This election season, we have heard some disturbing ideas regarding the future of immigration policy in our country. Donald Trump has proposed the following on his website:
Mexico must pay for the border wall and, until they do, the United States will, among other things: impound all remittance payments derived from illegal wages; increase fees on all temporary visas issued to Mexican CEOs and diplomats
(and if necessary cancel them); increase fees on all border crossing cards; increase fees on all NAFTA worker visas; and increase fees at ports of entry to the United States from Mexico [Tariffs and foreign aid cuts are also options].
These proposed changes are completely unworkable for multiple reasons. First, Trump’s immigration ideas threaten our diplomatic relations with Mexico. The Mexican President has declared his country will absolutely not pay for the wall. Threatening to increase fees or even cancel diplomat visas poses obvious problems for diplomatic relations. If this is the way Trump approaches foreign policy and diplomacy, then our national security is at risk with him at the helm.
Second, Trump’s plan puts our nation’s food security at risk. Like it or not, the reality is many of our farmers depend on migrant workers to harvest food. “Agricultural labor is basically a 100 percent immigrant category,” says Princeton University sociologist Doug Massey, who studies population migration. If we force undocumented workers out of agriculture, then our American farms will not be operational. We will have no choice to rely on imports from other nations, which leaves us completely at their mercy.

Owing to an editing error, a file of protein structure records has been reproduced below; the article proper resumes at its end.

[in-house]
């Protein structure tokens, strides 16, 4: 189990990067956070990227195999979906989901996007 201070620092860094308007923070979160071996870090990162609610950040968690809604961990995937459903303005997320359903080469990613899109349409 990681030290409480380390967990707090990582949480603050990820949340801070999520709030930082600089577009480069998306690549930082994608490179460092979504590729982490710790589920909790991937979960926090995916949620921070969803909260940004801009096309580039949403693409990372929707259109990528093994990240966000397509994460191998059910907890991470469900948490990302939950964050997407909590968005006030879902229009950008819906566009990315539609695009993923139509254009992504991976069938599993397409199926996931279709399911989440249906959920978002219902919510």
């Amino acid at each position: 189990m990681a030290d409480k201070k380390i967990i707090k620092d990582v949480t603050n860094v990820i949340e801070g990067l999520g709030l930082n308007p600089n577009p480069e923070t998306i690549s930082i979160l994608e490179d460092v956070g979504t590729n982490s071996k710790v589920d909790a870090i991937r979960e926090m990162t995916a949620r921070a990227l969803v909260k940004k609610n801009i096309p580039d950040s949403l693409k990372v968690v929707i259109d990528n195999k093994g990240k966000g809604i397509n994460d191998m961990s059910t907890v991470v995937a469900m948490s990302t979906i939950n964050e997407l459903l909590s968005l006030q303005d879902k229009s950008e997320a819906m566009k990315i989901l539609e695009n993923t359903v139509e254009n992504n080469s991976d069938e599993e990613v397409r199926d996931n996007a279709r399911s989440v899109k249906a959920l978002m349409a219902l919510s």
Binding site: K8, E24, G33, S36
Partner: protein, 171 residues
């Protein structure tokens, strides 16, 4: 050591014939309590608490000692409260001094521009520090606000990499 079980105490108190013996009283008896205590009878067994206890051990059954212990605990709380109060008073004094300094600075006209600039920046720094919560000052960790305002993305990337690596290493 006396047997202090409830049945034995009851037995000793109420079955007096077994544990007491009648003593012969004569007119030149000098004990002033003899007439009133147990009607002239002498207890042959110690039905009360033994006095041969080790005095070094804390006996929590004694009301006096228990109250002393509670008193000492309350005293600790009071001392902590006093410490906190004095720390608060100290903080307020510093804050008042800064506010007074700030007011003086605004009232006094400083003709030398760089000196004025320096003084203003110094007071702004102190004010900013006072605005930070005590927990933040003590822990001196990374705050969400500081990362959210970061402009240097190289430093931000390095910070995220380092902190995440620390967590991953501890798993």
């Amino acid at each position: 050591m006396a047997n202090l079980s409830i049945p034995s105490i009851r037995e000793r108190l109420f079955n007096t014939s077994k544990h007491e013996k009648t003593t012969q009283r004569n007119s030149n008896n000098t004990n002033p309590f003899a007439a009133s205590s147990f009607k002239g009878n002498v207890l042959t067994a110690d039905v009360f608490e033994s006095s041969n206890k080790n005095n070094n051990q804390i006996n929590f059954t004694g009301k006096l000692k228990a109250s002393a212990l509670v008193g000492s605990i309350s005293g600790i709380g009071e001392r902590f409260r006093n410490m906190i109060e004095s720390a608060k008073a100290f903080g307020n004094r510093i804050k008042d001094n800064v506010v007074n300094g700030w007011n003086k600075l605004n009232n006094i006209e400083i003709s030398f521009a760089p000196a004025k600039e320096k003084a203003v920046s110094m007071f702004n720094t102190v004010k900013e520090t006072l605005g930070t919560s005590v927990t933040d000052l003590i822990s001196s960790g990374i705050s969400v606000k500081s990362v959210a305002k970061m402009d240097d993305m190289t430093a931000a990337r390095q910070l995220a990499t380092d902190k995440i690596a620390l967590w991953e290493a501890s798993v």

Even if we believe our agricultural industry needs to offer more protections and benefits to workers, we need to make sure the farm owners are in control of their business models, supporting wise and practical changes that empower our businesses and strengthen workers rather than crashing a whole industry and taking away locally grown foods. Trump’s plan would rob farmers of labor; his proposal increases government involvement in one of our most important industries, among the many others that rely on immigrant workers.
We must learn lessons from places like Venezuela. In Venezuela, Hugo Chavez believed he knew how to run industries better than the people who had run them for decades or centuries. In the quest to benefit his people, particularly the poor, his government took control. The state meddled in business, driving the economy straight into the ground. Today, the Venezuelan people are worse off than ever. It is difficult for them to buy daily necessities such as toilet paper, and many foods are in short supply. Similar situations occurred in Cuba and the USSR when the Communists centralized control over industry.
While Trump is certainly not using Communist language or rationale to justify his immigration or other plans, his arrogance in assuming he knows how agriculture and other migrant-dependent industries should run is similar and poses the same threats.
We must not allow xenophobia to crush wisdom and paralyze our industries. May we honor the spirit of freedom, respecting both our captains of industry and the workers who breathe life into our businesses and put food onto our tables. We must understand just how important immigrants are to our nation; we must carefully choose immigration policies which support immigrants’ best interests as well as the interests of our national security and economy.
If you or someone you know needs the help of an immigration attorney, our highly experienced team is here to assist you. Please contact our experts today to schedule your consultation.